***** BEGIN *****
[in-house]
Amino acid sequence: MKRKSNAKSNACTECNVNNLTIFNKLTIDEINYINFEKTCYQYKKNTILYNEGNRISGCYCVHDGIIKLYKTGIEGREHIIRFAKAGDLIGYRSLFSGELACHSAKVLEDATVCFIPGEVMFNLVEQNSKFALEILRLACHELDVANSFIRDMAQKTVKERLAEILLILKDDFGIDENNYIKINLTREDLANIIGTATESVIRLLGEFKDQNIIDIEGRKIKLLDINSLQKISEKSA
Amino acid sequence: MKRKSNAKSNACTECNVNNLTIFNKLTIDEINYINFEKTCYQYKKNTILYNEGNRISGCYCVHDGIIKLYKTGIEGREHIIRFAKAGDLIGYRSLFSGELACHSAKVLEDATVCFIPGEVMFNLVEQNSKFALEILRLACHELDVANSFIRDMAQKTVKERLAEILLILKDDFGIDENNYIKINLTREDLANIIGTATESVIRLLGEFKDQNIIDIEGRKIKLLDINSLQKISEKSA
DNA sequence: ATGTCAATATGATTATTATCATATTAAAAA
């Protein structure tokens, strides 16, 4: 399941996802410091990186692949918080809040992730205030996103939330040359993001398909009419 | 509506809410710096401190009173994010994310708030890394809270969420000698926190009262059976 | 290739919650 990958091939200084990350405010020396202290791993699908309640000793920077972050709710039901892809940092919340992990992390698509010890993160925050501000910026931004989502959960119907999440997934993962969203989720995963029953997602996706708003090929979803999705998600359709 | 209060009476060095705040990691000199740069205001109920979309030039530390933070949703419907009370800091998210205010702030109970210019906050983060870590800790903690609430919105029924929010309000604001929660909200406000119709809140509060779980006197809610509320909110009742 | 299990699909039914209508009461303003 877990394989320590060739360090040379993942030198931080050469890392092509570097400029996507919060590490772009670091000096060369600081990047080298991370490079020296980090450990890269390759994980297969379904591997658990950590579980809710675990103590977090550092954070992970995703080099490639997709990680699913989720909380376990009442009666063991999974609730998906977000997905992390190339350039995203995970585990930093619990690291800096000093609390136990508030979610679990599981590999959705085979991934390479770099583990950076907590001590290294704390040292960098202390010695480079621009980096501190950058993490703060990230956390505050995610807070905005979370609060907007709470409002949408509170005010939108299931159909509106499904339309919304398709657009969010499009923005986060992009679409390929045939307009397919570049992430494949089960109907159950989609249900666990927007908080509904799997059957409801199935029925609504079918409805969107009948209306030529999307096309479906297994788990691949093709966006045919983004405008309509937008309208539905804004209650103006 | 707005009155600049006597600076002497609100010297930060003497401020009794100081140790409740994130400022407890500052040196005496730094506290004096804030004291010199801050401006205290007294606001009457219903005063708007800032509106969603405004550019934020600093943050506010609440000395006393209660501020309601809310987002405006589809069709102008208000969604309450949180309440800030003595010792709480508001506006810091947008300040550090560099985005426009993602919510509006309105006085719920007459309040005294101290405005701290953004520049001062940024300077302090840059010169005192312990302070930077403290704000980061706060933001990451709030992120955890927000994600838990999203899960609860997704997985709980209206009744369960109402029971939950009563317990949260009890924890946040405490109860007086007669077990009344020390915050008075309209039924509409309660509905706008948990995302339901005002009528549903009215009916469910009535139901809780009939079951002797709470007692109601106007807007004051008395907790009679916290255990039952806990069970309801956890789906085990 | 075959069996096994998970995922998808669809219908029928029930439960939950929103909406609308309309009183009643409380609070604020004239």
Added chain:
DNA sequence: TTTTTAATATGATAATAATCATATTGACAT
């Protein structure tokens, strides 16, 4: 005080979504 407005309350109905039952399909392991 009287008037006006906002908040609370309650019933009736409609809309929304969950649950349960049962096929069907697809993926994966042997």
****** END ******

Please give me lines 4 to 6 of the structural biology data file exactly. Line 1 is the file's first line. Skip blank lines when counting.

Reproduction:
DNA sequence: ATGTCAATATGATTATTATCATATTAAAAA
């Protein structure tokens, strides 16, 4: 399941996802410091990186692949918080809040992730205030996103939330040359993001398909009419 | 509506809410710096401190009173994010994310708030890394809270969420000698926190009262059976 | 290739919650 990958091939200084990350405010020396202290791993699908309640000793920077972050709710039901892809940092919340992990992390698509010890993160925050501000910026931004989502959960119907999440997934993962969203989720995963029953997602996706708003090929979803999705998600359709 | 209060009476060095705040990691000199740069205001109920979309030039530390933070949703419907009370800091998210205010702030109970210019906050983060870590800790903690609430919105029924929010309000604001929660909200406000119709809140509060779980006197809610509320909110009742 | 299990699909039914209508009461303003 877990394989320590060739360090040379993942030198931080050469890392092509570097400029996507919060590490772009670091000096060369600081990047080298991370490079020296980090450990890269390759994980297969379904591997658990950590579980809710675990103590977090550092954070992970995703080099490639997709990680699913989720909380376990009442009666063991999974609730998906977000997905992390190339350039995203995970585990930093619990690291800096000093609390136990508030979610679990599981590999959705085979991934390479770099583990950076907590001590290294704390040292960098202390010695480079621009980096501190950058993490703060990230956390505050995610807070905005979370609060907007709470409002949408509170005010939108299931159909509106499904339309919304398709657009969010499009923005986060992009679409390929045939307009397919570049992430494949089960109907159950989609249900666990927007908080509904799997059957409801199935029925609504079918409805969107009948209306030529999307096309479906297994788990691949093709966006045919983004405008309509937008309208539905804004209650103006 | 707005009155600049006597600076002497609100010297930060003497401020009794100081140790409740994130400022407890500052040196005496730094506290004096804030004291010199801050401006205290007294606001009457219903005063708007800032509106969603405004550019934020600093943050506010609440000395006393209660501020309601809310987002405006589809069709102008208000969604309450949180309440800030003595010792709480508001506006810091947008300040550090560099985005426009993602919510509006309105006085719920007459309040005294101290405005701290953004520049001062940024300077302090840059010169005192312990302070930077403290704000980061706060933001990451709030992120955890927000994600838990999203899960609860997704997985709980209206009744369960109402029971939950009563317990949260009890924890946040405490109860007086007669077990009344020390915050008075309209039924509409309660509905706008948990995302339901005002009528549903009215009916469910009535139901809780009939079951002797709470007692109601106007807007004051008395907790009679916290255990039952806990069970309801956890789906085990 | 075959069996096994998970995922998808669809219908029928029930439960939950929103909406609308309309009183009643409380609070604020004239």
Added chain: